check it out. The 45-year-old Ivy League lawyer (she was disbarred and can no longer practice law btw no-one is allowed to know why it seems) and product of Chicago's working class has captured many hearts by hewing to that deceptively quaint ethos while displaying other sides: fearless fashionista, fun-loving hostess, protocol-stretching diplomat, amateur organic gardener, cost-savvy decorator, West Wing surrogate, and, in particular, inspirer-in-chief.
"My first lady and yours" is how Barack Obama now introduces his wife of 16 years as she has skyrocketed in polls, surpassing him in favorable ratings while silencing old chatter about whether she was helping or hurting him. A recent poll by Gallup found 72 percent had a positive view of her, up from 43 percent in June 2008. It was low then in part because of campaign missteps. She once said, "For the first time in my adult life, I am proud of my country," leaving critics to question her patriotism.
When the Obamas moved daughters Malia, 10, and Sasha, 7, and Michelle's mother, 71, into the White House, the first spouse set the bar low, cannily so. She said she wanted to get the girls settled, get to know the city, and build her own team. Practically overnight, the confident, 5-foot, 11-inch daughter of a Chicago water department pump operator attracted new admirers, not to mention making cameras swoon as she draped herself in look-at-me shades like celadon and fuchsia and bared enviably buff biceps.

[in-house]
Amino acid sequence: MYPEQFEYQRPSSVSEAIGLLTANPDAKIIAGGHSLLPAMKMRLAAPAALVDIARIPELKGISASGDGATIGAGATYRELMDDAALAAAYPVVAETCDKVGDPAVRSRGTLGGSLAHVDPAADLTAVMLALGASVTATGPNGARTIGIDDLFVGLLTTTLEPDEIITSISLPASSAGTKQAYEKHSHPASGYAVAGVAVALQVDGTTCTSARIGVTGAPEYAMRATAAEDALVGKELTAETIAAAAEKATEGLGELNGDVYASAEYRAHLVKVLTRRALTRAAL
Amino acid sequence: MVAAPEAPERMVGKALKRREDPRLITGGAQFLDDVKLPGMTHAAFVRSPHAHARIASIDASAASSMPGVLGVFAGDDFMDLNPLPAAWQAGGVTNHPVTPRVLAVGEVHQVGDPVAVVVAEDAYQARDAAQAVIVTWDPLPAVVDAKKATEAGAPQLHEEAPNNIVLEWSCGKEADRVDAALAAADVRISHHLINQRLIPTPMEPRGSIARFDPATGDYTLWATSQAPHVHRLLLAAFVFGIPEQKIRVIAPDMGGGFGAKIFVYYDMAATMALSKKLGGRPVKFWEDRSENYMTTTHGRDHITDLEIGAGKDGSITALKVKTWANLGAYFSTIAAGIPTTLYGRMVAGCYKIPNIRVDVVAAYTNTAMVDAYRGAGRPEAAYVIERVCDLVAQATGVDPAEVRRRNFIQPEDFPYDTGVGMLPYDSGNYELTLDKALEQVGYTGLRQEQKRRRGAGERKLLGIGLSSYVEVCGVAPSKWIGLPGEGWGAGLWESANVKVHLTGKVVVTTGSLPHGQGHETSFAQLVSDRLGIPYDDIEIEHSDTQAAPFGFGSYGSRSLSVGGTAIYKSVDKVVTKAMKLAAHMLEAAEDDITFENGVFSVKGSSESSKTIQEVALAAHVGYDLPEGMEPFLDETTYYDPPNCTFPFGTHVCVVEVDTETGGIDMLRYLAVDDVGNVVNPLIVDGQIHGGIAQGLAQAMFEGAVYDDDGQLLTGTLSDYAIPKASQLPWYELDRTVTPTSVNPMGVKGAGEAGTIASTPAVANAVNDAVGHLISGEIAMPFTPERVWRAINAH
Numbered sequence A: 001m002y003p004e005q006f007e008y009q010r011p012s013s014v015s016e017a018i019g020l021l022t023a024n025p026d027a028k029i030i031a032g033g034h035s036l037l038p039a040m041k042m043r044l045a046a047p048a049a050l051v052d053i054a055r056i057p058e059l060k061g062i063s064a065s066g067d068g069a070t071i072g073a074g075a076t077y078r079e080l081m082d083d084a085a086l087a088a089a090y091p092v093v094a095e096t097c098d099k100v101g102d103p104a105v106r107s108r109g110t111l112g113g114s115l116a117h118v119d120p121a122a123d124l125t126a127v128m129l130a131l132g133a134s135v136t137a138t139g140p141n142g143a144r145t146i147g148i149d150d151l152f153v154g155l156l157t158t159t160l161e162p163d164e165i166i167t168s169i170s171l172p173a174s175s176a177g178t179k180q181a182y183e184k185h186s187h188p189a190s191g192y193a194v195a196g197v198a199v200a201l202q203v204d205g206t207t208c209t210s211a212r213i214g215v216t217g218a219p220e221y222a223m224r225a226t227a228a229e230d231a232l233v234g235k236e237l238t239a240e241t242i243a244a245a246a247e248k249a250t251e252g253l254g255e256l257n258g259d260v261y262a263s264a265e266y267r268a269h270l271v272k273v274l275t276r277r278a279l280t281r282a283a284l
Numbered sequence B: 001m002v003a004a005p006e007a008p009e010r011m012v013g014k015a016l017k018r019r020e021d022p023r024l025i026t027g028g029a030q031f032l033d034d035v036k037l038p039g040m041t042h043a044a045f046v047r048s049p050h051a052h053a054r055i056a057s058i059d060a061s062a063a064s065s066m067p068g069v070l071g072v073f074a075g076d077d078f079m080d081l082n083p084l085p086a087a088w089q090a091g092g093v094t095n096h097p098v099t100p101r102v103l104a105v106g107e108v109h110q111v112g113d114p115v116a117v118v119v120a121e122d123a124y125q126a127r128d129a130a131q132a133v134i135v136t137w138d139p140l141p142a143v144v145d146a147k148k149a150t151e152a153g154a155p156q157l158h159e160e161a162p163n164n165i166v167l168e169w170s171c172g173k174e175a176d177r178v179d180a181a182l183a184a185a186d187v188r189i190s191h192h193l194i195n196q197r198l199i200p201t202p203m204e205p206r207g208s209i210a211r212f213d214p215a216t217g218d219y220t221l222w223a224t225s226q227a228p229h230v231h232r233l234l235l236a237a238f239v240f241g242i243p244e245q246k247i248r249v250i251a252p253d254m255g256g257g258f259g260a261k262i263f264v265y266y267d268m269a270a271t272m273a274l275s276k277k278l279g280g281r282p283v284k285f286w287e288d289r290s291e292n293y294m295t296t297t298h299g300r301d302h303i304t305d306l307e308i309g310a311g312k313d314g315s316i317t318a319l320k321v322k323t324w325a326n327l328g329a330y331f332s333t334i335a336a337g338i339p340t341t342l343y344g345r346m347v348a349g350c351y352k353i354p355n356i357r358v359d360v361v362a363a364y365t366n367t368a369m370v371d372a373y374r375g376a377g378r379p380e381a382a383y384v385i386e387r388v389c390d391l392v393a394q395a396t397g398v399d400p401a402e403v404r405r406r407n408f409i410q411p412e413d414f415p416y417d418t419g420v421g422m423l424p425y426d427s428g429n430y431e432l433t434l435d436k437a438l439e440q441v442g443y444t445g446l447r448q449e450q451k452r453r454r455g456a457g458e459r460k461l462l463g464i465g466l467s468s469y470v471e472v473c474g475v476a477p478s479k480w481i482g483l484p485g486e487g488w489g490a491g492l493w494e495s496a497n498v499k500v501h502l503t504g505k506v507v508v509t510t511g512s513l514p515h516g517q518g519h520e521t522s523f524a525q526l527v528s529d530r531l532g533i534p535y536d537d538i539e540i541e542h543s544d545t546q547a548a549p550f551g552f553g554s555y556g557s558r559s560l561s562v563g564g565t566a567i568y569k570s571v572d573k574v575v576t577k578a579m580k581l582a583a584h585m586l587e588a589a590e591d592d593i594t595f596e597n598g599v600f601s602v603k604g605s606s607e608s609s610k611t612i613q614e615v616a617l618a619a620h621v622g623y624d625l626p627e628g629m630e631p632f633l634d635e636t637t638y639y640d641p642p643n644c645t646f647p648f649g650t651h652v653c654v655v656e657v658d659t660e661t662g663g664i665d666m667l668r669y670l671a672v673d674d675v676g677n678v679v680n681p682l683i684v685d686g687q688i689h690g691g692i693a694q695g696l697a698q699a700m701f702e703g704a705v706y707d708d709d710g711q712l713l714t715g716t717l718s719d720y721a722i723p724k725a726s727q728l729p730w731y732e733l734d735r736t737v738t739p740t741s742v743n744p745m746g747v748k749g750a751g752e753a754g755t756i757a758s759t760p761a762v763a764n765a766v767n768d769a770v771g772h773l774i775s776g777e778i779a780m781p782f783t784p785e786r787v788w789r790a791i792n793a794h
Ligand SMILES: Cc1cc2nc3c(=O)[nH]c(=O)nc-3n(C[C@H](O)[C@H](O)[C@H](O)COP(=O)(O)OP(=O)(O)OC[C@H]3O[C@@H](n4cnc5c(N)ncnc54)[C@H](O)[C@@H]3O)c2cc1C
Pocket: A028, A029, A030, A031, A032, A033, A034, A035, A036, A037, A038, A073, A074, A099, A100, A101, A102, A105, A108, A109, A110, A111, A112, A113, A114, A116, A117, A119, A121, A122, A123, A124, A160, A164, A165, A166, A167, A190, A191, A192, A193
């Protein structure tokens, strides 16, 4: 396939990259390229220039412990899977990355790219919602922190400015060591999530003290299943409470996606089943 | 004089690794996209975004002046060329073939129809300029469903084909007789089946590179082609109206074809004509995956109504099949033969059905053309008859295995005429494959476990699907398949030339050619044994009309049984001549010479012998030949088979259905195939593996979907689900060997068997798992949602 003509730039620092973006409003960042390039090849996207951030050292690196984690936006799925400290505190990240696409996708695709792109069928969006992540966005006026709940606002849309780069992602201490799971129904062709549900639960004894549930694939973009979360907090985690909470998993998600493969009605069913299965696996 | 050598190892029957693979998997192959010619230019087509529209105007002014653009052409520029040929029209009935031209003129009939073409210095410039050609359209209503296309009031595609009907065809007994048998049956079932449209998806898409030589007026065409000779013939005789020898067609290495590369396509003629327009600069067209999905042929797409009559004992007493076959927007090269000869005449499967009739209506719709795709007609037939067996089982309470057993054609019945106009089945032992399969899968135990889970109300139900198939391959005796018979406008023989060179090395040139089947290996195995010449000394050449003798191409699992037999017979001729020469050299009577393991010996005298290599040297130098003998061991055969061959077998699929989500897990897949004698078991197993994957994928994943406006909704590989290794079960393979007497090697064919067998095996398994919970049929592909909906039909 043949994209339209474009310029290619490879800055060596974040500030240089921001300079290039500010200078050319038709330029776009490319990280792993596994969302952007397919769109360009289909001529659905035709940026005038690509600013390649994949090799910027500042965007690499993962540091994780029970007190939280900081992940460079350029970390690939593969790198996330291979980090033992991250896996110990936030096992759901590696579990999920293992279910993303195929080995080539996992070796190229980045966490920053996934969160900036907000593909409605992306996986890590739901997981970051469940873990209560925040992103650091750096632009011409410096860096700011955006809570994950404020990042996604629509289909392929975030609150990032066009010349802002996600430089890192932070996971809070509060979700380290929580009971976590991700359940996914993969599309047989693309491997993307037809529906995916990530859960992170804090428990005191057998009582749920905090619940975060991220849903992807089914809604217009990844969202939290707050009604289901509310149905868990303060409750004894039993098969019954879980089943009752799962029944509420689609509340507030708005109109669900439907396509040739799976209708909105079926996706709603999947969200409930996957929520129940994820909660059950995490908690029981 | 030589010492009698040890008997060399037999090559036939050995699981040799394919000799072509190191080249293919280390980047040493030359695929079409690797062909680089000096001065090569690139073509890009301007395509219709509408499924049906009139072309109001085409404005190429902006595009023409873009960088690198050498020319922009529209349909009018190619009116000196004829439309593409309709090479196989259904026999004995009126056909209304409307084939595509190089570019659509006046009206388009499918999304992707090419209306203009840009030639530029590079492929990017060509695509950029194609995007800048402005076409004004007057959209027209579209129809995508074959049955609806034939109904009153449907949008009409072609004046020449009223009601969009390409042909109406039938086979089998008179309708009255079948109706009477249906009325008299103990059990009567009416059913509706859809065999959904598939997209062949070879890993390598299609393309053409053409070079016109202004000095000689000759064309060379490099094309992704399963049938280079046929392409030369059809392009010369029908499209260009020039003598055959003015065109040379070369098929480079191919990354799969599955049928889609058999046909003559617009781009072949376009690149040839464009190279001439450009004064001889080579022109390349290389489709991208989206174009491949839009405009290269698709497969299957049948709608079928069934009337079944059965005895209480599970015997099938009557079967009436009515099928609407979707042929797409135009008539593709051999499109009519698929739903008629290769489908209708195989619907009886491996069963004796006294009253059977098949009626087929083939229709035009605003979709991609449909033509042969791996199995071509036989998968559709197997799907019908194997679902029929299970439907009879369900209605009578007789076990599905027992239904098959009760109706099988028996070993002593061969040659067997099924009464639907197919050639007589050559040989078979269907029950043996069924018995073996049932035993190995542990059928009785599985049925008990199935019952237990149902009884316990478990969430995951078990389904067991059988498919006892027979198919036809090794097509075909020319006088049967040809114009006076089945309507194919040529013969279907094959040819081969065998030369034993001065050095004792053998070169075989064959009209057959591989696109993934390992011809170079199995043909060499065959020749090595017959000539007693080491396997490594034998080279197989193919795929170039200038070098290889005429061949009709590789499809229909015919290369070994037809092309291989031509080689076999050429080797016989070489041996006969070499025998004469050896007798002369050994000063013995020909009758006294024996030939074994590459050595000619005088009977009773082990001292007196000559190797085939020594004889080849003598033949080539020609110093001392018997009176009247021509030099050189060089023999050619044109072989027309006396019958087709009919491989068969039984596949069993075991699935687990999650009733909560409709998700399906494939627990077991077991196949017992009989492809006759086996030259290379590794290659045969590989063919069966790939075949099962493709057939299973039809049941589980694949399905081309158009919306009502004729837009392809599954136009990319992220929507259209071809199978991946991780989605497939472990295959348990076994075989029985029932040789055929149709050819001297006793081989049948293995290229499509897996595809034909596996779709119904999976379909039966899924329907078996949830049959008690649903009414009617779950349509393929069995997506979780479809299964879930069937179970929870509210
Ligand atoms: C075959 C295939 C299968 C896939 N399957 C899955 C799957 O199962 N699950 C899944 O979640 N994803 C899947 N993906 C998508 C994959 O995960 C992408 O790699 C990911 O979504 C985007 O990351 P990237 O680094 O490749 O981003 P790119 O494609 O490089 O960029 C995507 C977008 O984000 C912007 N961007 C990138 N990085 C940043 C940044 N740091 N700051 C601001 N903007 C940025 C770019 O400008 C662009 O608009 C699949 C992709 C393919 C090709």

White House makeover. While she's followed the traditional avenues by visiting inner-city school kids, paying homage to the troops, wining and dining members of Congress, and wooing foreign dignitaries, she's done it her way. At the White House, protocol is looser, parties are hipper (and more frequent), and pop artists from Stevie Wonder to Fergie are paying calls. In a nod to the country's worst economic crisis in 80 years, the first lady turned away a stipend of $100,000 to redo the family's private quarters, saying the Obamas will dig into their own bank account.
It's said that she hasn't loosened house rules for the girls, who attend the exclusive Sidwell Friends School, make their own beds, and turn in at 8 p.m., a lights-out that is relaxed when friends visit 1600 Pennsylvania Avenue for sleepovers.